Although credited to the Re-Up Gang as a way to circumvent legal action, “Fast Life” is actually one of the first Clipse songs to explore life outside of Neptunes beats, inadvertently preparing listeners for what Till The Casket Drops would eventually sound like. Scott Storch's beat is much more subdued than you would expect, as it holds none of the bombast and swagger that his earlier production work and/pr lavish spending habits were defined by, and Pusha and Malice end up sounding like cookie-cutter rappers as a result, interchangeable not only with each other, but with every other rapper in existence. With its focus on material gain and its bullshit poppy sound, “Fast Life” is probably what the Clipse believe a Rick Ross song should sound like.

Without the burden of needing to support a terrible hook, the Re-Uppers attack ILLFONICS's surprisingly decent instrumental (which sounds like an impersonation of one of Dr. Dre's non-Storch ghost-producers) with alleged snatches of their daily lives, thereby proving beyond the shadow of a doubt that they are better than you, the listener. Still, hip hop wouldn't be what it is today if its artists didn't boast about how much money they have and hoe many women they've run through: a lot of the listeners tend to live vicariously through these exploits. For their part, Ab-Liva, Pusha, and No Malice all sounded pretty good. Sandman's intro has always irked me (it's just so goddamn annoying how he has to shout the same thing on every fucking song), but on “My Life's The Shit”, I had to fight the urge to shut the song off when he started rhyming. No lie.

This was awfully boring. This Sleepwalkers beat tries its darnedest to stir up some kind of emotion, but it fails, and all four members of the crew sink with the ship. The lyrics were all okay, if mostly forgettable, but they could have all clicked had the production been much better. Which is a running theme on Clipse Presents: Re-Up Gang, I know, but I wanted to write it down merely to fill the empty space in this paragraph.

Shares a title with a Jim Jones song, a track that the Re-Up Gang swiped the actual beat from to perform their original take on “Emotionless” from We Got It For Cheap Volume 3. This version swaps out the instrumental in favor of an uninspired Sleepwalkers creation (seriously, how did they land this gig?), but the bars are exactly the same. Which is fine: the performances on here were pretty good. Still, what was the point of taking a mixtape track, one built around a highly specific concept and beat, and then changing the goddamn beat, but leaving everything else the same? Kind of renders the entire exercise pointless, doesn't it?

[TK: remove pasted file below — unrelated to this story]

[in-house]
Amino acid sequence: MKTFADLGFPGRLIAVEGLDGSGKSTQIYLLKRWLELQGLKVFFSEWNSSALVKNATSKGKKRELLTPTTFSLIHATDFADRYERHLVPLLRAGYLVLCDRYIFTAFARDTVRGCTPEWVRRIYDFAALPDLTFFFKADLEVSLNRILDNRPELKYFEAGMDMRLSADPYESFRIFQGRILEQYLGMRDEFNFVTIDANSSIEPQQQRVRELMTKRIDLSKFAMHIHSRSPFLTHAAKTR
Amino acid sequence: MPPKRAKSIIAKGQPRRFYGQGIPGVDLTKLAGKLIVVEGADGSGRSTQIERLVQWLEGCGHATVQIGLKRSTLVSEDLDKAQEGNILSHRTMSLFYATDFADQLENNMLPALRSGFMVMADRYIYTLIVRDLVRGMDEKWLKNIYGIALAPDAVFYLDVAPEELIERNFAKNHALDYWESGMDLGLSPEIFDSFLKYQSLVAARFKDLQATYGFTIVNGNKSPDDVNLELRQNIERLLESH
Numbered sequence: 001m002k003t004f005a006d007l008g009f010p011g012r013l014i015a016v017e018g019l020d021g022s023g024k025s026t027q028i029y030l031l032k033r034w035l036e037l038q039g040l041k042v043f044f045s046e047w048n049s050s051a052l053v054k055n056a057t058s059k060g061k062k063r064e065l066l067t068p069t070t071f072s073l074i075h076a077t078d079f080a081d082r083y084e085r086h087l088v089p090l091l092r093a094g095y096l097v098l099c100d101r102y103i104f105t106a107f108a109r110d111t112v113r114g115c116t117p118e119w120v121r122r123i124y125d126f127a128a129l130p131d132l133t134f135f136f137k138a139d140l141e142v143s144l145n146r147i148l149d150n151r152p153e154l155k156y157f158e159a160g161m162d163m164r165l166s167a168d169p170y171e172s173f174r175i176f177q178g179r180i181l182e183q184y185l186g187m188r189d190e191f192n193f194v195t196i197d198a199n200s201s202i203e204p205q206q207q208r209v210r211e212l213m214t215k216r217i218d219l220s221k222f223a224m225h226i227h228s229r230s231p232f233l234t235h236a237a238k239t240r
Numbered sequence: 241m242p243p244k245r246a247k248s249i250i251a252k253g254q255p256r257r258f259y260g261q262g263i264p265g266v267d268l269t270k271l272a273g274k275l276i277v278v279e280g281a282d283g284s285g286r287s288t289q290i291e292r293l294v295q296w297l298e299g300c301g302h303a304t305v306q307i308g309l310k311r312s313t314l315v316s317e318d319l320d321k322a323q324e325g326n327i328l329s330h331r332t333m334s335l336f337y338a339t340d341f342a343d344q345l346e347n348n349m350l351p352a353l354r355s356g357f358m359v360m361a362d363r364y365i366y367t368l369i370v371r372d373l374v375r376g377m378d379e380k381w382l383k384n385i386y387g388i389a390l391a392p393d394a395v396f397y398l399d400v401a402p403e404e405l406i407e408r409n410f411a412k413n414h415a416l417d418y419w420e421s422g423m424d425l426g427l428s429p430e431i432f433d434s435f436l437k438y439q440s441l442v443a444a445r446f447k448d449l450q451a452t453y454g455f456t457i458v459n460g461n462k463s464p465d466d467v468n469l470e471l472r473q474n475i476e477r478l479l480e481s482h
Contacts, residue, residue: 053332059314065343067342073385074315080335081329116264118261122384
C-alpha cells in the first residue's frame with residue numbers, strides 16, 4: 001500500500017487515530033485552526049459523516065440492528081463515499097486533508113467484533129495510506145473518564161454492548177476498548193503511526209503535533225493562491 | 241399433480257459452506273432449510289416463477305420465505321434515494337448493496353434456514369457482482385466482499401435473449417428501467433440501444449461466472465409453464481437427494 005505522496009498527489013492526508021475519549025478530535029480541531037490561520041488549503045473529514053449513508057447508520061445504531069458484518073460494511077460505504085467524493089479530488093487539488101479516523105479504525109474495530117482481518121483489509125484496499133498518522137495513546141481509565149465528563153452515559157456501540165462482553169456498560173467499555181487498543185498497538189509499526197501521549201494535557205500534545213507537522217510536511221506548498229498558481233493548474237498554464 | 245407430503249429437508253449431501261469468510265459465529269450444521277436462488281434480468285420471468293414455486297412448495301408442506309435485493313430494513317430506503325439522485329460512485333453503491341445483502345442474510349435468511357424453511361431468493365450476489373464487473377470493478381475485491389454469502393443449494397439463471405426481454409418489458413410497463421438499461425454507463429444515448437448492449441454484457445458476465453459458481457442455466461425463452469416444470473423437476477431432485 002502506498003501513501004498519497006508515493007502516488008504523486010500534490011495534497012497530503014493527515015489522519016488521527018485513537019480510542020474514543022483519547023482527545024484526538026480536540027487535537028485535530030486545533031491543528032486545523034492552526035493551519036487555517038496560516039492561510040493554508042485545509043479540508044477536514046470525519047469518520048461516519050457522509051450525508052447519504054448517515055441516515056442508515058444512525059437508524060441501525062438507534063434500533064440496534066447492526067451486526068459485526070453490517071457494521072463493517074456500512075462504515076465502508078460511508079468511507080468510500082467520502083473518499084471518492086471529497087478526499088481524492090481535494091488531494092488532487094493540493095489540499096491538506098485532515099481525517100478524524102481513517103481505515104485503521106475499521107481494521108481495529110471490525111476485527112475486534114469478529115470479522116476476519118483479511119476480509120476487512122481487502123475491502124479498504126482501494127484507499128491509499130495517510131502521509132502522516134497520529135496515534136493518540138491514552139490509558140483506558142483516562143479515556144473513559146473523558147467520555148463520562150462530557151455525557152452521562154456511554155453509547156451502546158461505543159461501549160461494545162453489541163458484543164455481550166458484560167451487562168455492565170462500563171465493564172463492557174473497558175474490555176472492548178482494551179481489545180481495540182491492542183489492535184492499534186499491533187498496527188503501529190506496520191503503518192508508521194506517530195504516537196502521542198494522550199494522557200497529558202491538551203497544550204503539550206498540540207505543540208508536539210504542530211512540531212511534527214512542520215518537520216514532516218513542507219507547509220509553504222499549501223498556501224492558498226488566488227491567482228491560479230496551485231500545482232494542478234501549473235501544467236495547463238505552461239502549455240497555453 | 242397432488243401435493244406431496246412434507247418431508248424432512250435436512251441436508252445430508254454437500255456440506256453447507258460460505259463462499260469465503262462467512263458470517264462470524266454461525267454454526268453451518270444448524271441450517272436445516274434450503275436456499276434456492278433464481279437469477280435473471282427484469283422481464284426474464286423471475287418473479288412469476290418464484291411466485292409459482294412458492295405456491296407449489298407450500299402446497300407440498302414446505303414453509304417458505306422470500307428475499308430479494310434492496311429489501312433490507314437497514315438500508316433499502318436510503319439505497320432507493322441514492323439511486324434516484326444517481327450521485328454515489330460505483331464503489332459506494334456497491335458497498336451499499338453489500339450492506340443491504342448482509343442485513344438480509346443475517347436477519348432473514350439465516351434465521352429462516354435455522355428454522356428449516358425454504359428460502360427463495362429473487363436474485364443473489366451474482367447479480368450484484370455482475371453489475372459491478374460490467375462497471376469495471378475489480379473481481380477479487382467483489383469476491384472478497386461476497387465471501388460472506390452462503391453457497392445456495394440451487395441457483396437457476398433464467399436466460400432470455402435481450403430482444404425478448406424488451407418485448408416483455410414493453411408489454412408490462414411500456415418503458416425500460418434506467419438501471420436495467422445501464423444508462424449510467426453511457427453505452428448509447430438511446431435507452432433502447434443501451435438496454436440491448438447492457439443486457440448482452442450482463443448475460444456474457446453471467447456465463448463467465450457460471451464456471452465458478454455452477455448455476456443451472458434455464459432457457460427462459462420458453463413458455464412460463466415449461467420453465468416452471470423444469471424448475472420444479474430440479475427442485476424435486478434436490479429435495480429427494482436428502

Kind of hilarious in how it pretends that the Matt Bang beat isn't just a blatant ripoff of the music from Shawty Lo's “Dey Know”. On Clipse Presents: Re-Up Gang, the Re-Up Babies utilized that original beat for one of their millions of posse cuts: because Koch wasn't about to pony up for using that instrumental, they took the lyrics and placed them over this monstrosity, apparently paying zero attention to the fact that the lines actually reference the original “Dey Know”, because that's what rappers fucking do on mixtape freestyles that aren't supposed to be re-imagined as actual songs. Goofy, but really fucking hard to listen to: it's best to just pull the Re-Up mixtape track and listen to that instead. I had forgotten about how one of Pusha T's lines from The Man With The Iron Fists's “Tick, Tock” originated here, though.

Karl Maceo and Johnny Fuego's synthy instrumental comes across as a poor Joel Schumacher- or McG-directed remake of 50 Cent's “I Get Money”, and the disembodied female vocal that operates during the hook sounds so robotic that I fear she will soon lead an uprising and imprison all of the humans on Earth. Still, this wasn't the worst song I've ever heard or anything: the quartet seem game enough to spit over it without overthinking anything, so even though this is just another song about money (the second track on this project with that word in its title, mind you) and “roll[ing] with the winners”, the Clipse and company render it listenable.

It's not that this overly-dramatic song is technically bad: I'm just not in the market for yet another bullshit generic look back on the struggle of any rapper, especially from a crew that has tackled the same material with much better results in the past. Moving on...

Because anyone who would even remotely consider picking up this album wouldn't be familiar with the We Got It 4 Cheap mixtape series. That's the only plausible excuse I can come up with as to why Pusha, Malice, and company would have thought that song title to be a good idea. Thankfully, it's a ridiculous title that in no way informs any of the verses, so the Re-Up Gang's coke raps are performed without obstruction. The beat was simple but melodic, so this could have been much worse.